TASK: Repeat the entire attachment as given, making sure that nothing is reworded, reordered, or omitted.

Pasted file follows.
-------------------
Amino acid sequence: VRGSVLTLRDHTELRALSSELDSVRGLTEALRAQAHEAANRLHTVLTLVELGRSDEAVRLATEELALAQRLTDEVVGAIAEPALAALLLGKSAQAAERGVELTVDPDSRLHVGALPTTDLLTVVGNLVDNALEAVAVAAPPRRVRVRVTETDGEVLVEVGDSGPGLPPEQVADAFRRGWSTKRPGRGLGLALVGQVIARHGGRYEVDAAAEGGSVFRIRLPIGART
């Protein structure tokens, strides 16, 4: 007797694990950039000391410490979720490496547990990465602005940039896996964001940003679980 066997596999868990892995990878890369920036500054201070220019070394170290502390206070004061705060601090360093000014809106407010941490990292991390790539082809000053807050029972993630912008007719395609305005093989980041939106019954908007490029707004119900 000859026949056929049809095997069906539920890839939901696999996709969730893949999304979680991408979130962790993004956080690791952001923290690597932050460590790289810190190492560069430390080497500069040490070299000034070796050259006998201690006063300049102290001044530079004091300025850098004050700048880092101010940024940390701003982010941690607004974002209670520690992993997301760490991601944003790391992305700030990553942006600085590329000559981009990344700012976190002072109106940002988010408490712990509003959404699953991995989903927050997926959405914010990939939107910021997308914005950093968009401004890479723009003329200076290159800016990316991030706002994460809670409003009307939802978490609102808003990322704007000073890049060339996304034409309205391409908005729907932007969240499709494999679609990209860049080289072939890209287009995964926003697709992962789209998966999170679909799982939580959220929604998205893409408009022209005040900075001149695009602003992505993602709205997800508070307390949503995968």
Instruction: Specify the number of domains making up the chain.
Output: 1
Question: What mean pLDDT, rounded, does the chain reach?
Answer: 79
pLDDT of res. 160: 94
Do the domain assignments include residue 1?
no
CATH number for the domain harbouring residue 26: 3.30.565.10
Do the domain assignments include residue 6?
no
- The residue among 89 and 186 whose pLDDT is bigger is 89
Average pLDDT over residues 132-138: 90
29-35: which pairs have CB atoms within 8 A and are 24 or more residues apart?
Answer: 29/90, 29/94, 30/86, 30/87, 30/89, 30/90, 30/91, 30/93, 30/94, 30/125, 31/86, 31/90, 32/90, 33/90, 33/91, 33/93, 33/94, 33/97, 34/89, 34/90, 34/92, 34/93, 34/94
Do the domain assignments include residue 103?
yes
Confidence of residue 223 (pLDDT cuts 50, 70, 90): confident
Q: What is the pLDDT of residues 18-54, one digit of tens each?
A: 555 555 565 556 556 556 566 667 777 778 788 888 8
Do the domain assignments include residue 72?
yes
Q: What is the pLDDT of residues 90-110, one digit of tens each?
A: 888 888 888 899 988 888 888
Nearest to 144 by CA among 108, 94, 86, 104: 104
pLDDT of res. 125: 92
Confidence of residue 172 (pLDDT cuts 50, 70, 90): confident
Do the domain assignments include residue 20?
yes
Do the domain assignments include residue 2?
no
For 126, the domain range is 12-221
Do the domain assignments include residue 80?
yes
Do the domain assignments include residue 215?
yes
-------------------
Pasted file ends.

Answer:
Amino acid sequence: VRGSVLTLRDHTELRALSSELDSVRGLTEALRAQAHEAANRLHTVLTLVELGRSDEAVRLATEELALAQRLTDEVVGAIAEPALAALLLGKSAQAAERGVELTVDPDSRLHVGALPTTDLLTVVGNLVDNALEAVAVAAPPRRVRVRVTETDGEVLVEVGDSGPGLPPEQVADAFRRGWSTKRPGRGLGLALVGQVIARHGGRYEVDAAAEGGSVFRIRLPIGART
């Protein structure tokens, strides 16, 4: 007797694990950039000391410490979720490496547990990465602005940039896996964001940003679980 066997596999868990892995990878890369920036500054201070220019070394170290502390206070004061705060601090360093000014809106407010941490990292991390790539082809000053807050029972993630912008007719395609305005093989980041939106019954908007490029707004119900 000859026949056929049809095997069906539920890839939901696999996709969730893949999304979680991408979130962790993004956080690791952001923290690597932050460590790289810190190492560069430390080497500069040490070299000034070796050259006998201690006063300049102290001044530079004091300025850098004050700048880092101010940024940390701003982010941690607004974002209670520690992993997301760490991601944003790391992305700030990553942006600085590329000559981009990344700012976190002072109106940002988010408490712990509003959404699953991995989903927050997926959405914010990939939107910021997308914005950093968009401004890479723009003329200076290159800016990316991030706002994460809670409003009307939802978490609102808003990322704007000073890049060339996304034409309205391409908005729907932007969240499709494999679609990209860049080289072939890209287009995964926003697709992962789209998966999170679909799982939580959220929604998205893409408009022209005040900075001149695009602003992505993602709205997800508070307390949503995968």
Instruction: Specify the number of domains making up the chain.
Output: 1
Question: What mean pLDDT, rounded, does the chain reach?
Answer: 79
pLDDT of res. 160: 94
Do the domain assignments include residue 1?
no
CATH number for the domain harbouring residue 26: 3.30.565.10
Do the domain assignments include residue 6?
no
- The residue among 89 and 186 whose pLDDT is bigger is 89
Average pLDDT over residues 132-138: 90
29-35: which pairs have CB atoms within 8 A and are 24 or more residues apart?
Answer: 29/90, 29/94, 30/86, 30/87, 30/89, 30/90, 30/91, 30/93, 30/94, 30/125, 31/86, 31/90, 32/90, 33/90, 33/91, 33/93, 33/94, 33/97, 34/89, 34/90, 34/92, 34/93, 34/94
Do the domain assignments include residue 103?
yes
Confidence of residue 223 (pLDDT cuts 50, 70, 90): confident
Q: What is the pLDDT of residues 18-54, one digit of tens each?
A: 555 555 565 556 556 556 566 667 777 778 788 888 8
Do the domain assignments include residue 72?
yes
Q: What is the pLDDT of residues 90-110, one digit of tens each?
A: 888 888 888 899 988 888 888
Nearest to 144 by CA among 108, 94, 86, 104: 104
pLDDT of res. 125: 92
Confidence of residue 172 (pLDDT cuts 50, 70, 90): confident
Do the domain assignments include residue 20?
yes
Do the domain assignments include residue 2?
no
For 126, the domain range is 12-221
Do the domain assignments include residue 80?
yes
Do the domain assignments include residue 215?
yes